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Study: Why diet soda is not a weight loss tool

Slashing calories by switching from regular soda to diet soda sounds good in theory, but it could lead to weight gain, diabetes and more health issues.

Diet soda

Think you can substitute a diet in for the real thing and still lose weight? Think again.

A new Purdue University study indicates that diet soda can trigger health issues such as diabetes and obesity.

Susie Swithers, a professor of psychological sciences and a behavioral neuroscientist at the college, reviewed recent studies that examined whether drinking diet sodas contributes to weight gain, overeating and other health issues. In one study, those who drank diet soft drinks were more likely to gain weight than those who guzzled down the real thing. Other studies report that diet soda can lead people to develop metabolic syndrome, which is a common precursor to cardiovascular disease.

Some of the experiments she reviewed imply that diet soda can be just as bad for humans as the real thing. The studies focused on diet sodas that contain aspartame, sucralose and saccharin, and according to this source, about 30 percent of American adults consume these regularly.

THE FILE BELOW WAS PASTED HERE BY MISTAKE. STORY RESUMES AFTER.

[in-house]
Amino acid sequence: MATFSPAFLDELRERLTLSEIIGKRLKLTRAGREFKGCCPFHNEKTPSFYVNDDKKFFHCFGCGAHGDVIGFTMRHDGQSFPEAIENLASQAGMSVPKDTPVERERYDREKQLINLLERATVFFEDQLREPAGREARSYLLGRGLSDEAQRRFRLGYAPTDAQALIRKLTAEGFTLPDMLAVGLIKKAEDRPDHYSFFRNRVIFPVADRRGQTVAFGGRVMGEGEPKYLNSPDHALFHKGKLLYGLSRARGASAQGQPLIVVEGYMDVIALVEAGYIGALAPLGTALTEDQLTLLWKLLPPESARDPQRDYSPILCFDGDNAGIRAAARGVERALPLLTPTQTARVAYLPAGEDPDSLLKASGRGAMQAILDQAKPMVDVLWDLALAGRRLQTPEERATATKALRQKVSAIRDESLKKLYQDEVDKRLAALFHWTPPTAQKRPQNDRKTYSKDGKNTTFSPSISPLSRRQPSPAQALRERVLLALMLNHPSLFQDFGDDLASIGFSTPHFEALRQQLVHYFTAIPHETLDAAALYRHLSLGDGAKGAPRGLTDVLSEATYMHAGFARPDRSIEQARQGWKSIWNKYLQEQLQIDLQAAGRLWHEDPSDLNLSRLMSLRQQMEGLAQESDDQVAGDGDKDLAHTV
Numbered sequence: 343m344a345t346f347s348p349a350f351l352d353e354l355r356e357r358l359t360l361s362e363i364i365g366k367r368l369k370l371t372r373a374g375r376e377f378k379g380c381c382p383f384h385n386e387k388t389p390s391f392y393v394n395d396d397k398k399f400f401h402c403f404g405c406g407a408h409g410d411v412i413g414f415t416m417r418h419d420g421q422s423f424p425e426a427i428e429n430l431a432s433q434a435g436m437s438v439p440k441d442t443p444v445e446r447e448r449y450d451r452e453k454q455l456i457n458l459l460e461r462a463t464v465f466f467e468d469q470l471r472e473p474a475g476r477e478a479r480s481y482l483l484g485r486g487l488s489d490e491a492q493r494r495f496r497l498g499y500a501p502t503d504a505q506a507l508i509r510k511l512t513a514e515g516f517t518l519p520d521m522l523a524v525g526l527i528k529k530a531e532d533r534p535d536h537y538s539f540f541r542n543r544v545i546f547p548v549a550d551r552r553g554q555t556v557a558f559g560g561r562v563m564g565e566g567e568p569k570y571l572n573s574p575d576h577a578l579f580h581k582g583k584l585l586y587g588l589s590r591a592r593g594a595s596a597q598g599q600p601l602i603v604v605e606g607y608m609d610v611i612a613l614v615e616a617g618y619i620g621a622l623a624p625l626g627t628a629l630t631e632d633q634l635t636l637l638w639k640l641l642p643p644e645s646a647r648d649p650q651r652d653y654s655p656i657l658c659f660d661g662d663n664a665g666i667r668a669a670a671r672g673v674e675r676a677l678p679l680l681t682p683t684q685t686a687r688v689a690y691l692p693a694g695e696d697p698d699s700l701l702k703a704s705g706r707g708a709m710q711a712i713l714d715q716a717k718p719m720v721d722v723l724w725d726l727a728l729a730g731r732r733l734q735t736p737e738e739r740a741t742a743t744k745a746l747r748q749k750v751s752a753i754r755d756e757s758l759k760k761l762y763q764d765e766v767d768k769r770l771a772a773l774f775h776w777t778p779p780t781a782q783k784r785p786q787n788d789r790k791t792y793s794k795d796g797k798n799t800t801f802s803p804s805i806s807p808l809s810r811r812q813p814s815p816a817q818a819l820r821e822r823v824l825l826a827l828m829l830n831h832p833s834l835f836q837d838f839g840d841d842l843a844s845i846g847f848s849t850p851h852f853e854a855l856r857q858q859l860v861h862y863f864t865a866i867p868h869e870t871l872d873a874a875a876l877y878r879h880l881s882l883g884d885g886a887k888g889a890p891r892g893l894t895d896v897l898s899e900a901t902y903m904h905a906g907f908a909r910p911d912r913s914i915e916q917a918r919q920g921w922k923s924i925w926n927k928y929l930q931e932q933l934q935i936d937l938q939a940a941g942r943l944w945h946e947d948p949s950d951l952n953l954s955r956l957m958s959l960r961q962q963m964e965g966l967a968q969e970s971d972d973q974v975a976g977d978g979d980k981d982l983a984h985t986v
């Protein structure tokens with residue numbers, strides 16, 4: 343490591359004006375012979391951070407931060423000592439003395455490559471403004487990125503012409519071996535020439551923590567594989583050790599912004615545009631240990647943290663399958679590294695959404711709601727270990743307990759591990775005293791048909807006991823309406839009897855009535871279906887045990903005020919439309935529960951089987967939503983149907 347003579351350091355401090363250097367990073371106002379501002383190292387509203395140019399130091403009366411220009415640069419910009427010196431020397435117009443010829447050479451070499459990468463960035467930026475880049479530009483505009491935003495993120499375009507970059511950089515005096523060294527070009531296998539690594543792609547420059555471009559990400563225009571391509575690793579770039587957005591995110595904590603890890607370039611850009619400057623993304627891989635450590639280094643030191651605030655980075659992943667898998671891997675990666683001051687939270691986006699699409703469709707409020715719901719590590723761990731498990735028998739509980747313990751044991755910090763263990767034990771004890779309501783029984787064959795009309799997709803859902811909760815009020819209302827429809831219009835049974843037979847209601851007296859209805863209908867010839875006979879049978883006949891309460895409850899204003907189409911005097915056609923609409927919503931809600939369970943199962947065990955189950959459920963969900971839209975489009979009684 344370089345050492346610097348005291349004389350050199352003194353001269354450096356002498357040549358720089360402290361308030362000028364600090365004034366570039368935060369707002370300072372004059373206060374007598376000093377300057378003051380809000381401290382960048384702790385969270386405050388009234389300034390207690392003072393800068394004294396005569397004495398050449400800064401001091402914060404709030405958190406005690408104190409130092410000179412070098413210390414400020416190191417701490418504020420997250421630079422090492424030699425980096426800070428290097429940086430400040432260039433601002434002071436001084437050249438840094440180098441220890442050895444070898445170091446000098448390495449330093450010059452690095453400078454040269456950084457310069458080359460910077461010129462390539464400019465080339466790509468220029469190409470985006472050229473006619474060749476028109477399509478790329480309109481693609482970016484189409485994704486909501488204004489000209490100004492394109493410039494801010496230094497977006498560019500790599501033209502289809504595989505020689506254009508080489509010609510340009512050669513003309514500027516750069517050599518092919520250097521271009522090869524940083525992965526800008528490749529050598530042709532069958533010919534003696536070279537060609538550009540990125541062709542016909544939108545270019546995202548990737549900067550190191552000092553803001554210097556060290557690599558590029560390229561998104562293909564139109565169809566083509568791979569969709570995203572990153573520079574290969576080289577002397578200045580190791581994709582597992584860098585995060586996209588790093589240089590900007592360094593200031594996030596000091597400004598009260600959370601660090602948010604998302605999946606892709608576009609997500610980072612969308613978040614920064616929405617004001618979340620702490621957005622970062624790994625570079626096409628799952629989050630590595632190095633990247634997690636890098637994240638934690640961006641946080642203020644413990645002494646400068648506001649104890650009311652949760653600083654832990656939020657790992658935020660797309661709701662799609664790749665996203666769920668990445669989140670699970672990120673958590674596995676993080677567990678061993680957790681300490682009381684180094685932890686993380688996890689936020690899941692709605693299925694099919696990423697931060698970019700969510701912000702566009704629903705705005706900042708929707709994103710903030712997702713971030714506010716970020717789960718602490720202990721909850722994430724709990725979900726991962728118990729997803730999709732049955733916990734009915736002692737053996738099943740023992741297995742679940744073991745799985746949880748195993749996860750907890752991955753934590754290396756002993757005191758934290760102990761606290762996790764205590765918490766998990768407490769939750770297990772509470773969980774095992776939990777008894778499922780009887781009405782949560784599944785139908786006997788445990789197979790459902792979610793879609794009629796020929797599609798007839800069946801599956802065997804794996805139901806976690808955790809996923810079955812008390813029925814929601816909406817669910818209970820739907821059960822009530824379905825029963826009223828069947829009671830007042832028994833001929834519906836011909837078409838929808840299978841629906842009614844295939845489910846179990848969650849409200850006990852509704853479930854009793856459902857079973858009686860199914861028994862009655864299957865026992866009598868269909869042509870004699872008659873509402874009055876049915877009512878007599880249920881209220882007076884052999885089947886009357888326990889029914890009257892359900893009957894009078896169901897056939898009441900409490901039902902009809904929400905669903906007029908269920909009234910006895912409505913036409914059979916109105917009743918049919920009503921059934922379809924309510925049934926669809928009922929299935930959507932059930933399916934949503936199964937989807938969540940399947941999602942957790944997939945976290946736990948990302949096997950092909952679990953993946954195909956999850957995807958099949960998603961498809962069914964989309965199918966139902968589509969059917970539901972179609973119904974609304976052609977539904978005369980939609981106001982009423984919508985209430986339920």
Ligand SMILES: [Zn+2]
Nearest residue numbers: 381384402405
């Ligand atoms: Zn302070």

“The take-home message is for people to be much more mindful of how much sweetener, whether artificial or sugar, they’re actually consuming,” Swithers said.

“Are diet sodas worse for you than regular sodas? I think that’s the wrong question,” she continued. “It’s, ‘What good are sodas for you in the first place?'”

Amy Campbell, a dietitian at Joslin Diabetes Center in Boston, said people should use artificial sweeteners sparingly.

“The study confirms that we need to learn more about artificial sweeteners and not blindly assume that just because they don’t contain calories or carbohydrate that they have no physiological effect on the body,” she said.

While studies over the years have indicated that diet soda can be just as damaging as traditional soft drinks, more people still turn to them as alternatives in order to curb calories.

The question that still remains: Is it worth it?

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